You integrate OPA within your k8s cluster as a sidecar container admission controller. The diagram below shows the flow of interacting with the OPA policy engine . Basically “policy’ queries are offset from your service to the OPA engine.

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Policies are documents that are written in rego ( I know yet another DSL to learn ). If you are going to use OPA directly then there is an OPA extension for my favourite editor Visual studio code which you can find here

Deploying OPA into your cluster is the usual YAML wrangling. Once installed you need to create policies which you store as a ConfigMap or secret. I would anticipate in many cases that in production they will be stored as secrets if the policy is considered sensitive.

TIP: The kicking the tyres walkthrough is actually worth reading before looking at the too much YAML deployment guide.

Gatekeeper

Gatekeeper uses the OPA framework but crucially it uses CRD’s ( yep yet another acronym) to create and extend the policy library. CRD’s are K8s custom resource defintions. Basically they extend the k8s api and the beauty is you can use good ole kubectl to manage them. CRD’s are ideal if you want to manage the state of something or things in a declarative manner similar to How Deployment manager or Terraform manage Infrastructure. CRD’s by themselves just store & retrieve structured data so you need a controller to achieve a declarative API . In a nutshell you define the desired end state and the controller maintains the state. So ( admittedly cutting out a lot of the path to get here - This post is already way too long! ) means you can treat your policies like you should be treating your infrastructure by using an infrastructure as code approach with each definition of state stored in a repo and version controlled.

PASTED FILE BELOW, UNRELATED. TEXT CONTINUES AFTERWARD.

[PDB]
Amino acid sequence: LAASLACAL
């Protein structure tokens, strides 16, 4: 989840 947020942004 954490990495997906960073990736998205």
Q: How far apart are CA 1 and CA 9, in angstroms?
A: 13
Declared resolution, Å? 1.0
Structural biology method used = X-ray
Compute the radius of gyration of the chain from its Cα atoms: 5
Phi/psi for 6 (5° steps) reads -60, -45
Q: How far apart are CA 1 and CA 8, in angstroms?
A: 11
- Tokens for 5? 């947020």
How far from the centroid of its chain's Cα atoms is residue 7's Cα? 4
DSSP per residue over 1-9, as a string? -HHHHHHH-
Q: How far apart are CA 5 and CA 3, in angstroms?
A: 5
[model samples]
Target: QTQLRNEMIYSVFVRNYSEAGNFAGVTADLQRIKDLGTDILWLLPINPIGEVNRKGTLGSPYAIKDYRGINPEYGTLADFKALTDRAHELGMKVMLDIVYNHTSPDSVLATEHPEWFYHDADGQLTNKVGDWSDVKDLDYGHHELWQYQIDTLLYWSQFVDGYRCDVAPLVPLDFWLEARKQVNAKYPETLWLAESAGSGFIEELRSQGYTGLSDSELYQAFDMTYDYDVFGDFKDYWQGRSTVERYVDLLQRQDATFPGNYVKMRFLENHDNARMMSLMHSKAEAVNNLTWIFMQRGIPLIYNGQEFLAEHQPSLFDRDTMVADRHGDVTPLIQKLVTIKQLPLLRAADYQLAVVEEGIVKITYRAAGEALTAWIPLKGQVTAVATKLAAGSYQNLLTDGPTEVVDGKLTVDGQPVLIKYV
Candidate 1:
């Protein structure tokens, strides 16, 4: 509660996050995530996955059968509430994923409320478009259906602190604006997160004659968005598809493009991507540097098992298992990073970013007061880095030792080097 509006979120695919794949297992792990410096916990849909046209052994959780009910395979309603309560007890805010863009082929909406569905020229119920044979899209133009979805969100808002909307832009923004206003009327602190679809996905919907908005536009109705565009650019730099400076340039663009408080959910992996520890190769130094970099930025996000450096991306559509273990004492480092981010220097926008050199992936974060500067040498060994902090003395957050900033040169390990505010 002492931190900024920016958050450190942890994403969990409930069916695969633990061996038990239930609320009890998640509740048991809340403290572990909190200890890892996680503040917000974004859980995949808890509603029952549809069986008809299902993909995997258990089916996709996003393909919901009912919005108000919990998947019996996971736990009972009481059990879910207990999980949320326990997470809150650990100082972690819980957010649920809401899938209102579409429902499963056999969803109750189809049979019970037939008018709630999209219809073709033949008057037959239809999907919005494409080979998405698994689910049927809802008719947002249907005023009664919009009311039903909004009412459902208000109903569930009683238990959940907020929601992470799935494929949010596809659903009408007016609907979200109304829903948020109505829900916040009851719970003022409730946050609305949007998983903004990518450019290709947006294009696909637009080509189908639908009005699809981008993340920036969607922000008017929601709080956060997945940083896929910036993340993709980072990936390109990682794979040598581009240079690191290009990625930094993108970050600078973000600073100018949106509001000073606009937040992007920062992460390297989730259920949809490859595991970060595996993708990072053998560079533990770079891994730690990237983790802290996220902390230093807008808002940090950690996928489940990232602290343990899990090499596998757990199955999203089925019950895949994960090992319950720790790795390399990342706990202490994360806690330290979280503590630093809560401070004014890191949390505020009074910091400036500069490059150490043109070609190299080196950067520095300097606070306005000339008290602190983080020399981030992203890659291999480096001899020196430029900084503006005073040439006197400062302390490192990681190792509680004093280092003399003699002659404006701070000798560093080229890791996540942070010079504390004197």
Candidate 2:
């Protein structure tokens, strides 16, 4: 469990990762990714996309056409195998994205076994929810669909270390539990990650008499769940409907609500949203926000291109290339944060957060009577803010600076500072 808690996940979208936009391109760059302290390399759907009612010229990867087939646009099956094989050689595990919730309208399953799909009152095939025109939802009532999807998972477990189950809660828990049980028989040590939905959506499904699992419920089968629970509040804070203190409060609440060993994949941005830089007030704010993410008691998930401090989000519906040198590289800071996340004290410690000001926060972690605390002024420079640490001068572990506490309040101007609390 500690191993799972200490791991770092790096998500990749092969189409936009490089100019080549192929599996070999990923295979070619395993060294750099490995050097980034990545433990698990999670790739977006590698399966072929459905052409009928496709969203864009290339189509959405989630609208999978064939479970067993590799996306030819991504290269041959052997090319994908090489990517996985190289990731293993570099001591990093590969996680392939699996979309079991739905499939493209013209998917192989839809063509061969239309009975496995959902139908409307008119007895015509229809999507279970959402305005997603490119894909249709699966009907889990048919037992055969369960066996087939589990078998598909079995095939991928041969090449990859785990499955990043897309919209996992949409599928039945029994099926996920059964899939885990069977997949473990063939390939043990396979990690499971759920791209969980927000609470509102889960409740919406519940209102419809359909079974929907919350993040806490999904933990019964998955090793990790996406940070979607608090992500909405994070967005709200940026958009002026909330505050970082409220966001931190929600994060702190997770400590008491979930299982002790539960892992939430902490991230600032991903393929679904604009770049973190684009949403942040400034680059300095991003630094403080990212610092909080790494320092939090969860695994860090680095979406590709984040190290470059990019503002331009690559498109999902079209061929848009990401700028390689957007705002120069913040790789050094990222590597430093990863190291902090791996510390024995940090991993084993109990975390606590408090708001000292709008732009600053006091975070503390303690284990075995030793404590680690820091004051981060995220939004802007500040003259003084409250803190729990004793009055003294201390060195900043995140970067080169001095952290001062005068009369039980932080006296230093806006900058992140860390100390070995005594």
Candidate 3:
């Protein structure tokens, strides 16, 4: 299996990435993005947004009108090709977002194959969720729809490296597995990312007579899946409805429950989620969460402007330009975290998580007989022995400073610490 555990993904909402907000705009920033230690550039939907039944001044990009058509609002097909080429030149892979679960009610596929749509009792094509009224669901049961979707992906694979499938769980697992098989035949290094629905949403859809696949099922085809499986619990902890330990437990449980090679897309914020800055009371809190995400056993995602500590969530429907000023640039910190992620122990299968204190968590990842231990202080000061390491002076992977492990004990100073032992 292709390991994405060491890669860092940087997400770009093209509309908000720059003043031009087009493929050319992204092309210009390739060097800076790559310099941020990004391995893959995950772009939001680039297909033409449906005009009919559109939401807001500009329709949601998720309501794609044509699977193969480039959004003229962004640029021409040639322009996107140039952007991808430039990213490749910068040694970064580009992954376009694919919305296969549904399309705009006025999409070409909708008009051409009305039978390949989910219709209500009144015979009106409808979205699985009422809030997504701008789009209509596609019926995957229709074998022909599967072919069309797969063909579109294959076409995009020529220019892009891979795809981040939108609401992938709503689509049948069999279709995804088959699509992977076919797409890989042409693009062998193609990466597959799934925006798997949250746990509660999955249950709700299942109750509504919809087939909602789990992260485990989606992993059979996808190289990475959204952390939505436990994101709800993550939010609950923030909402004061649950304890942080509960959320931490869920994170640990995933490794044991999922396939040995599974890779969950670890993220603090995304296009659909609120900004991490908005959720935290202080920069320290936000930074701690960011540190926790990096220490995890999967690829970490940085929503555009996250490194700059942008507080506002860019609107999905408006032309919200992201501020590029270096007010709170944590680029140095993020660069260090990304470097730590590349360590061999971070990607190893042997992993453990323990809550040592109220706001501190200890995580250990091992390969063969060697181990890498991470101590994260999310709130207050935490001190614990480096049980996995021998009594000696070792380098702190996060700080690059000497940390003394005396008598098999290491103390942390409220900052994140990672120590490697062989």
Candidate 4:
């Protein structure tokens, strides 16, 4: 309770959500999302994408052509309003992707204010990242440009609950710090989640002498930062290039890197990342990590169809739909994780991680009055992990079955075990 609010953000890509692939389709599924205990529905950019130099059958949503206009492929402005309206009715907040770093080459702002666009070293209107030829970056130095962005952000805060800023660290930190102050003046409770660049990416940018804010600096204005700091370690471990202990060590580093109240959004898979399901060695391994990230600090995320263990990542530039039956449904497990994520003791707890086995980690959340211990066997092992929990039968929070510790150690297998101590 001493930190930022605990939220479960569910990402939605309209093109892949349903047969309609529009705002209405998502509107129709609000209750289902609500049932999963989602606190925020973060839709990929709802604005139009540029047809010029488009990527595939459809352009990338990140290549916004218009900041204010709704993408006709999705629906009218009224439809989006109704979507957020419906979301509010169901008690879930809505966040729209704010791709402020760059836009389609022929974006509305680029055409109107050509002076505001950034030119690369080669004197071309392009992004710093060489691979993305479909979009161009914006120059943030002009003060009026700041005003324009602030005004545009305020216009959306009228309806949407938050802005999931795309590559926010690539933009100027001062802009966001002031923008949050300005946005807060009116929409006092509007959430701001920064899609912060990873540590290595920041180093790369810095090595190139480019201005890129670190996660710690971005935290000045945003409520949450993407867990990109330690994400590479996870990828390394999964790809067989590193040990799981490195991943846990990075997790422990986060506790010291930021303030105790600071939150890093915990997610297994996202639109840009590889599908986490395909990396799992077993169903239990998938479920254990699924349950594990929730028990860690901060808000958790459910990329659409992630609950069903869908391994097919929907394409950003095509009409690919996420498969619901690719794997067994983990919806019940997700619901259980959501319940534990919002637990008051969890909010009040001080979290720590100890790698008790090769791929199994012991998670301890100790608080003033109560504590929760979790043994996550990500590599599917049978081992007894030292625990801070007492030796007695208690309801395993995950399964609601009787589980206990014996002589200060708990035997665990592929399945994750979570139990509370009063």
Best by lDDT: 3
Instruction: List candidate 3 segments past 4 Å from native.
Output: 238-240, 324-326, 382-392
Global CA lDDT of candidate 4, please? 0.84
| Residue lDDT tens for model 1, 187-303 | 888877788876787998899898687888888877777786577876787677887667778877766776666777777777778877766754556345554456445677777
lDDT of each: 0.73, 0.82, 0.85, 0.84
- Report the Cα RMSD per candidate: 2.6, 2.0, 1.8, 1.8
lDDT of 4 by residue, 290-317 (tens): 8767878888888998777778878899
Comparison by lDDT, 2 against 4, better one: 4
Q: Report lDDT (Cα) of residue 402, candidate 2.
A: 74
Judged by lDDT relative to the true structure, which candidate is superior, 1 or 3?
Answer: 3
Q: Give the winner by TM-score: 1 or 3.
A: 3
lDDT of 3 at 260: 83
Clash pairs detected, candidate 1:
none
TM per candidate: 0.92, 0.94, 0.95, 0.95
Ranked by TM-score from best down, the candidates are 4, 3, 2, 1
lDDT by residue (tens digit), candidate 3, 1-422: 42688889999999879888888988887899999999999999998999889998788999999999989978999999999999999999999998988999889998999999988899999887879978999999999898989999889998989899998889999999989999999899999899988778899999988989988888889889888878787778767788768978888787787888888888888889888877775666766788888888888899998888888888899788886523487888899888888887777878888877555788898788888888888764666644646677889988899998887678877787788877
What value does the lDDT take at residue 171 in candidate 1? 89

Anyway back to Gatekeeper which is a validating webhook that enforces CRD-based policies executed by Open Policy Agent. There is no mutating functionality as yet though .

(As an aside I at this point went off to grok the key difference between controllers and operators This is quite a nice explanation)